BIFDA stands for Beer Industry Fair Dealing Act and BFD — well — that stands for Big F***ing Deal. And while the state’s BIFDA isn’t talked about all too often outside of sit-downs between brewers and wholesalers it is a big deal. And we’re going to tell you why.
We pick up right where we left off in Part 1 of our exclusive sit-down with outgoing ABDI President Bill Olson.
In this installment, Olson claims he was mislead about Revolution Brewing’s plans for its production brewery and brewpub during the SB 754 talks, he also offers some insight into the HB 2606 negations, which forced Anheuser-Busch to sell its ownership interest in Illinois distributor City Beverage and the possibility of a “craft beer bubble,” in Illinois.
Associated Beer Distributors of Illinois President Bill Olson is stepping down at the end of the year ending a nearly 30-year run at one of the most powerful lobbies in the state. The man has seen a lot and done a lot and has been at the forefront of some of the most important pieces of legislation impacting the craft brewing industry in Illinois. And we wanted to hear all about it.
So, at the end of the first week of the legislature’s fall session I was granted unfettered access to Olson to talk about his time at the ABDI, the changes he’s seen in the distribution industry and Illinois politics and what really went on behind closed doors when those key bills were negotiated.
In an over hour-long conversation Olson talked quite candidly about the negotiations on SB 754 (self-distribution) and HB 2606 (prohibiting a brewer from owning a distributor). In the first of this two-part, Guys Drinking Beer exclusive, Olson looks back at his time under the statehouse dome, the changes he’s seen in Illinois politics and the distribution industry as well as a sneak-peek into the early negotiations into SB 754. We know this is going to come off a bit wonky and it’s not all about beer — but this does play into the bigger of picture of how beer legislation works in Illinois.
A bill doubling the production cap for craft brewers in Illinois was signed in to law by Governor Pat Quinn on Friday, rather unceremoniously, despite our best efforts to have him sign it while sipping on a Rolling Meadows beer.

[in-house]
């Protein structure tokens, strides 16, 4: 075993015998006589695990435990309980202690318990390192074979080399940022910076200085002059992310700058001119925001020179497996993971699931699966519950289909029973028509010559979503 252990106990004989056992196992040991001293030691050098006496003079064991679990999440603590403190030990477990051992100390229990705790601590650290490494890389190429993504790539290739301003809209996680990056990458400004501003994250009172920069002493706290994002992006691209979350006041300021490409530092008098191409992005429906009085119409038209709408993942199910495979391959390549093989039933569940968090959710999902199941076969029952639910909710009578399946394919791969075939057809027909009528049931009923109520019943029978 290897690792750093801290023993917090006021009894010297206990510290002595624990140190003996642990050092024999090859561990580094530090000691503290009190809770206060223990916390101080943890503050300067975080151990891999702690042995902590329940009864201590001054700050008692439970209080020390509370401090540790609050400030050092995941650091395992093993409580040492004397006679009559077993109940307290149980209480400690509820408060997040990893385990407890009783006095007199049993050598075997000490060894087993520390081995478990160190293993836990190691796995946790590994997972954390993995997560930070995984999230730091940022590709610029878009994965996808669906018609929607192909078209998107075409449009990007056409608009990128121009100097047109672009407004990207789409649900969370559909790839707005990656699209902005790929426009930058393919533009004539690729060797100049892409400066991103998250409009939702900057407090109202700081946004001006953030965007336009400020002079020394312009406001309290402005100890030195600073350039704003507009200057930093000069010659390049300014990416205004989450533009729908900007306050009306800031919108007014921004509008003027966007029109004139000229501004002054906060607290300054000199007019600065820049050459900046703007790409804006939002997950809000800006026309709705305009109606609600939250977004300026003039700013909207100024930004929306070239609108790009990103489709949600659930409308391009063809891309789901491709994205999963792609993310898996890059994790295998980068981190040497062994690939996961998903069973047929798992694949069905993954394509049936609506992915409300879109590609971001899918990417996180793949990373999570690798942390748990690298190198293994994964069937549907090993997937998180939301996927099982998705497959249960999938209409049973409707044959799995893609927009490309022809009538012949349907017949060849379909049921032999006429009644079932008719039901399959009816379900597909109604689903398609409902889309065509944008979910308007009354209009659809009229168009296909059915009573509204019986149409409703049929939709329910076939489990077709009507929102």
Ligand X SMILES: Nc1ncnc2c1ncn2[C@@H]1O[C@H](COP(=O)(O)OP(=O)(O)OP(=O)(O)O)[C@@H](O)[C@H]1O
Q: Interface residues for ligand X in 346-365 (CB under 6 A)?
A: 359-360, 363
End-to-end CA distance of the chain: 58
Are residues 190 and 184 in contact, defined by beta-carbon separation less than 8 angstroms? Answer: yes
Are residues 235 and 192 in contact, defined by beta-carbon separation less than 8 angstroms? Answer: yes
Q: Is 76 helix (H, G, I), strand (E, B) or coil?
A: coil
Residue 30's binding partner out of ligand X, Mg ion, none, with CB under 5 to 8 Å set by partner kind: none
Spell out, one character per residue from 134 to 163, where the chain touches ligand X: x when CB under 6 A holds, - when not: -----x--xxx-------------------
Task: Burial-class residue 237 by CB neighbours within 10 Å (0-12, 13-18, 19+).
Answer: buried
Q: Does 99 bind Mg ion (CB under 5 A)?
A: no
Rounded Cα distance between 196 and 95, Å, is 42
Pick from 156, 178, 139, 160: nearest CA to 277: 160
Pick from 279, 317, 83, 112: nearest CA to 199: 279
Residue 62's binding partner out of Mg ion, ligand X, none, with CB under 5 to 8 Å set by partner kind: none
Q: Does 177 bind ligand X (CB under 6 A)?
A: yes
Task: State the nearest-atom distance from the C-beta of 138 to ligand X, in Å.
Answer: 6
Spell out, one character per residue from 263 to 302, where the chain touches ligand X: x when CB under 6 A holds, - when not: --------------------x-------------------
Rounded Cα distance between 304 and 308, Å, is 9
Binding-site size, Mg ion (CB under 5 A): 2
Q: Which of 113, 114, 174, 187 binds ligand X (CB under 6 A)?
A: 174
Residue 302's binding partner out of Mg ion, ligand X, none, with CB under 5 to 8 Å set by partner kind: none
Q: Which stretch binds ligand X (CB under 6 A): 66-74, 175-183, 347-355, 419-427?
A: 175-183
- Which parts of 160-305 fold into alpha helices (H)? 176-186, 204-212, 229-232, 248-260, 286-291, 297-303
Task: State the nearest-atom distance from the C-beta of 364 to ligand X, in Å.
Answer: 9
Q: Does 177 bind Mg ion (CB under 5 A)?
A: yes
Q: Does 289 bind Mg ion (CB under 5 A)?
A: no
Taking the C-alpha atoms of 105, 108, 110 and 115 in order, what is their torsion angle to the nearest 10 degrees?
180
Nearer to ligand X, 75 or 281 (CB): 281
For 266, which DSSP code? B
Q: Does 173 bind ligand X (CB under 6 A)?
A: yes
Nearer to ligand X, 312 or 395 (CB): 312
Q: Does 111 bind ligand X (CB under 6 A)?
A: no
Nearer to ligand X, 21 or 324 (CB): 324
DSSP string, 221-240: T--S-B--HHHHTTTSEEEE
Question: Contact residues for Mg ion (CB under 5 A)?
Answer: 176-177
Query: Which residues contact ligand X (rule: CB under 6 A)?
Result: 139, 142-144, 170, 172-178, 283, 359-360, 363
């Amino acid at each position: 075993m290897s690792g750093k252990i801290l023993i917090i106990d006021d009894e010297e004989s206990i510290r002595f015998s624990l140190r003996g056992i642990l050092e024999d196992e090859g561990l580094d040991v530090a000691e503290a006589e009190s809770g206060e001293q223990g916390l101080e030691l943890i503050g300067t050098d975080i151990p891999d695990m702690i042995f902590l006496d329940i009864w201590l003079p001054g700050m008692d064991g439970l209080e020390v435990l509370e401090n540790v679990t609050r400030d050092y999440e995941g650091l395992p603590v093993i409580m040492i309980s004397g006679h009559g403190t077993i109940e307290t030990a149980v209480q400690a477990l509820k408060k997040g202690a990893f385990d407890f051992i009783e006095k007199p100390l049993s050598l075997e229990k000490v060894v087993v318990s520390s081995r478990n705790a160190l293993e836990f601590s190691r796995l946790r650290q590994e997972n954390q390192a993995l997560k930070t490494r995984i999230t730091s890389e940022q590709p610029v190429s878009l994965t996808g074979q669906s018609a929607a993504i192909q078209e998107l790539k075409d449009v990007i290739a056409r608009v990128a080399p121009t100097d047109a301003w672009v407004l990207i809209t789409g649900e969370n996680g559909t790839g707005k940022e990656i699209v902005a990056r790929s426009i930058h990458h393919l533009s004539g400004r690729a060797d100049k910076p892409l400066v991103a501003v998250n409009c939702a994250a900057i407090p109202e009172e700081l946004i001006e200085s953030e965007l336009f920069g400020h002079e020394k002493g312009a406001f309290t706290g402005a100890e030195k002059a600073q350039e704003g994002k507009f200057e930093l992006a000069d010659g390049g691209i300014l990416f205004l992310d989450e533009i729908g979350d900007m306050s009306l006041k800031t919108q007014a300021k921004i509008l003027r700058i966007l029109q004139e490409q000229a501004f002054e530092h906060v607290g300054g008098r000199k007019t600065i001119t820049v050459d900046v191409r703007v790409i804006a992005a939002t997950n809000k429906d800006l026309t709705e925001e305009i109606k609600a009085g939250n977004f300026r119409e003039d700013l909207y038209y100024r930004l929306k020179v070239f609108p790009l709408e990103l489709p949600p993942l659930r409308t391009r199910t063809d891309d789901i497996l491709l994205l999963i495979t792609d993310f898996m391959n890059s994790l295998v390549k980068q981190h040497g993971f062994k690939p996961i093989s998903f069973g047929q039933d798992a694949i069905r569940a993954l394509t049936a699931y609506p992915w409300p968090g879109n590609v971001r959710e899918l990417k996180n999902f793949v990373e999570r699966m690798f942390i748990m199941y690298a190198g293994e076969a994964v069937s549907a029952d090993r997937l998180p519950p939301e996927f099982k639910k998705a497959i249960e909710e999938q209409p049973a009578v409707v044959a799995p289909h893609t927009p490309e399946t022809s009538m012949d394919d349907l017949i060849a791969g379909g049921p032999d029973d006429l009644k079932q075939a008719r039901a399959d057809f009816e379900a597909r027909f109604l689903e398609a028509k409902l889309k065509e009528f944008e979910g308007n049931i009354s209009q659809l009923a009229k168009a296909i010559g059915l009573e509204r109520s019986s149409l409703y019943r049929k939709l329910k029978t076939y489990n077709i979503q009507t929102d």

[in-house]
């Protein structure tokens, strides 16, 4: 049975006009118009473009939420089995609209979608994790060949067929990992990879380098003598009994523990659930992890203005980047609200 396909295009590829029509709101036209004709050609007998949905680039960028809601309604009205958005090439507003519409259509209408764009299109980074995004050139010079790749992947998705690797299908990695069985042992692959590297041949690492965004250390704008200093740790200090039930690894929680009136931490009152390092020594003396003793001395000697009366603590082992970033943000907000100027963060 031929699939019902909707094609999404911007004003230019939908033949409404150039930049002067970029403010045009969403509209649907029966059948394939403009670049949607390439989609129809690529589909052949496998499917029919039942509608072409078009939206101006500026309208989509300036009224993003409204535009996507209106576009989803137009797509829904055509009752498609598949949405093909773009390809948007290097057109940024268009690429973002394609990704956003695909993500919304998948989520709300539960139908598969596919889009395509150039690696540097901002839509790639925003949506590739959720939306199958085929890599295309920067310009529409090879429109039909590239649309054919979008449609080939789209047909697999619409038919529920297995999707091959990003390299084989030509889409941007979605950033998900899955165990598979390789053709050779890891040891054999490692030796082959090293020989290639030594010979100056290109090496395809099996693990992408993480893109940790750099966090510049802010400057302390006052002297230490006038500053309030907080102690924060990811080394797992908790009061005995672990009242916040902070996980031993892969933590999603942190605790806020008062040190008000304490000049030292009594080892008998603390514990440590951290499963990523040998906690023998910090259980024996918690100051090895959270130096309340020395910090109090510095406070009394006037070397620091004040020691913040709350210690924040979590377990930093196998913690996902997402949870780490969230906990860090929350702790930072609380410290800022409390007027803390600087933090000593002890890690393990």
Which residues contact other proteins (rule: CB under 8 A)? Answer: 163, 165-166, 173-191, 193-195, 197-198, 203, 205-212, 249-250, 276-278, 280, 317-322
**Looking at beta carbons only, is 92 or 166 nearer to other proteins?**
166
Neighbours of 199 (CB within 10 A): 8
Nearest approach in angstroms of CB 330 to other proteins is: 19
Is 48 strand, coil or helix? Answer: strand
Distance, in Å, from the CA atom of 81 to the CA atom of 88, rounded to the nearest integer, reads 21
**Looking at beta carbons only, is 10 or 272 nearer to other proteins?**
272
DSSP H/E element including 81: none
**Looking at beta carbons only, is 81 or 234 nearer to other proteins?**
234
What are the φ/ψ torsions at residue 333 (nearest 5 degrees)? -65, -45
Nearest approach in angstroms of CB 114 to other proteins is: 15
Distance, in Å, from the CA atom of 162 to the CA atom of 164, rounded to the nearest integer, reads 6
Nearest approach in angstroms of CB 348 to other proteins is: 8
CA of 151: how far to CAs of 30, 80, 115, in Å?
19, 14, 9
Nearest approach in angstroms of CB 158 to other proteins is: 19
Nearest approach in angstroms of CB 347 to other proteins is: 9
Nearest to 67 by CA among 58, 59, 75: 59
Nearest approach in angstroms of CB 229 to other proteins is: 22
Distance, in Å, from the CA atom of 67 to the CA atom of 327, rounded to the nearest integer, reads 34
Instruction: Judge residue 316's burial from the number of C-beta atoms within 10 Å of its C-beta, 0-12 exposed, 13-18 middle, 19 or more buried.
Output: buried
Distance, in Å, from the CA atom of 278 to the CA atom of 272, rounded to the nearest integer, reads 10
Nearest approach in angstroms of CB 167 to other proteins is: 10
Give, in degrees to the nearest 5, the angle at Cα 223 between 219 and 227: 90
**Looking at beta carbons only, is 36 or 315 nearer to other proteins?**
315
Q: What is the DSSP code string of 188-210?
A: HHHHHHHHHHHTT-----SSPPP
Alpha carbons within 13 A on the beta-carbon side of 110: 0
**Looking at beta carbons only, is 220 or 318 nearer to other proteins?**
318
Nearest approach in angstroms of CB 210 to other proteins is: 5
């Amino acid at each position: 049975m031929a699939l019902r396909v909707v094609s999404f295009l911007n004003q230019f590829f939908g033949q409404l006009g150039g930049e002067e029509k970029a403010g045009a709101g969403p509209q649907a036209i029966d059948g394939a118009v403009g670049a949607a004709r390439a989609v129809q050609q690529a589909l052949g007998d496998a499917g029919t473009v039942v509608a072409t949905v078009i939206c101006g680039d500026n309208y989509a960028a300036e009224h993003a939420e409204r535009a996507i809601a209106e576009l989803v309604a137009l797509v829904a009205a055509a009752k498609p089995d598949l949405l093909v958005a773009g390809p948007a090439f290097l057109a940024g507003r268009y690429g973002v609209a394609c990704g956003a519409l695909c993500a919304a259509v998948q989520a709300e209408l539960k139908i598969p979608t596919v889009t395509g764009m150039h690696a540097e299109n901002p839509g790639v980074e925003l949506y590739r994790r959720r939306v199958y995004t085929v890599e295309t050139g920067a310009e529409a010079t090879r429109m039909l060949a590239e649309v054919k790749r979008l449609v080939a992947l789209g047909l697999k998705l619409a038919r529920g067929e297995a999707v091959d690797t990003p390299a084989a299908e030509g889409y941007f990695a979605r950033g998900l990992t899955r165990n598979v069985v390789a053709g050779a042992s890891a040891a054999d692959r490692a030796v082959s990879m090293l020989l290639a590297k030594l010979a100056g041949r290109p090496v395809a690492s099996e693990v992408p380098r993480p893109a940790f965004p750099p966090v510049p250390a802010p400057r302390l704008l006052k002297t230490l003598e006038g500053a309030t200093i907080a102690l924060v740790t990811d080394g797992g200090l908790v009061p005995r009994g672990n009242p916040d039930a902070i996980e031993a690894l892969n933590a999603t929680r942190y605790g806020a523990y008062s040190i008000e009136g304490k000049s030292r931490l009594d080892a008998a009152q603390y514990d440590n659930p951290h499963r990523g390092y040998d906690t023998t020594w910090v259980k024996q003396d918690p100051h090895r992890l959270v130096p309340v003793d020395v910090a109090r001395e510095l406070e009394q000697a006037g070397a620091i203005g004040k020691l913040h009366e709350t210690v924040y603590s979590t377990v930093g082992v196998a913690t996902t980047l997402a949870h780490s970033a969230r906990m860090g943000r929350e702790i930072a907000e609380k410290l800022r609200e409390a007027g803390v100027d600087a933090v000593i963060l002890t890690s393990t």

The new law increases the production cap to qualify for a Craft Brewers license, and the self-distribution rights that come with it, from 15,000 barrels a year to 30,000 barrels a year. Brewers can still only self-distribute up to 7,500 barrels a year.
The legislation was a byproduct of negotiations between the Illinois Craft Brewers Guild, Associated Beer Distributors of Illinois, Wine and Spirits Distributors of Illinois and Senate President John Cullerton (D-Chicago).
Admittedly, we’re playing a bit of catchup on this, but late last week the governor’s of Illinois and Michigan put pen to paper enacting new laws benefiting the craft beer industry. Continue reading
With a few flicks of a pen today, Illinois Governor Pat Quinn signed HB 2606 into law effectively ending Anheuser-Busch’s minority ownership — and majority control — over distributor City Beverage.
The legislation, approved overwhelmingly by the Illinois House and Senate during the spring legislative session, would prohibit a brewer from owning a distributor.
Introduced in February, the bill specifically targeted Anheuser-Busch’s 30-percent stake in wholesaler City Beverage, which has four locations in Illinois; Arlington Heights, Bloomington, Chicago and Markham. The distributorship was seen as a pivotal piece in A-B’s attempt to chip away at MillerCoors’ stronghold on the Chicago market. Continue reading
The bill (HB 630) defines homebrewed beer, would allow homebrew to be consumed outside of the home it was brewed in and would also allow homebrewers to take part in contests and be included in festivals.
The legislation was introduced in response to the Illinois Liquor Control Commission’s crackdown on homebrewers taking part in beer festivals. The Commission gave homebrewed beer the boot from a Peoria beer festival last year saying current law only allows beer brewed at home to be consumed in the home.
The legislation also allows homebrew shops to hold classes and sample beer brewed by customers to help them tweak recipes and offer tips.
The homebrew shop portion of the legislation was hashed out by Brew and Grow’s John Beystehner while the Illinois Homebrew Alliance’s Peter J. Rzeminski II, of the PALE Homebrew Club, led the negotiations on the homebrewer portion. Both worked in conjunction with the Associated Beer Distributors of Illinois to iron out any differences before the legislation was drafted.
Rzeminski II, in an emailed response to Guys Drinking Beer, says they are ecstatic the legislation has cleared both the House and Senate. “The IHA wants to thank Rep. Farnham, Tryon, Sen Holmes, and all the members of the General Assembly for helping expand the rights of Illinois Homebrewers,” said Rzeminski II.
The legislation now awaits Governor Pat Quinn’s signature.
Legislation that would make it illegal for a brewer to hold an ownership interest in an Illinois distributor cleared the state Senate Tuesday on a unanimous, 52-0 vote. The bill previously passed the House and now goes to the governor for his signature.
The Illinois Senate Executive Committee, Wednesday, unanimously approved bills impacting homebrewing in Illinois as well as legislation prohibiting a brewer from owning a distributor.
Both bills passed the Illinois House two weeks ago. Continue reading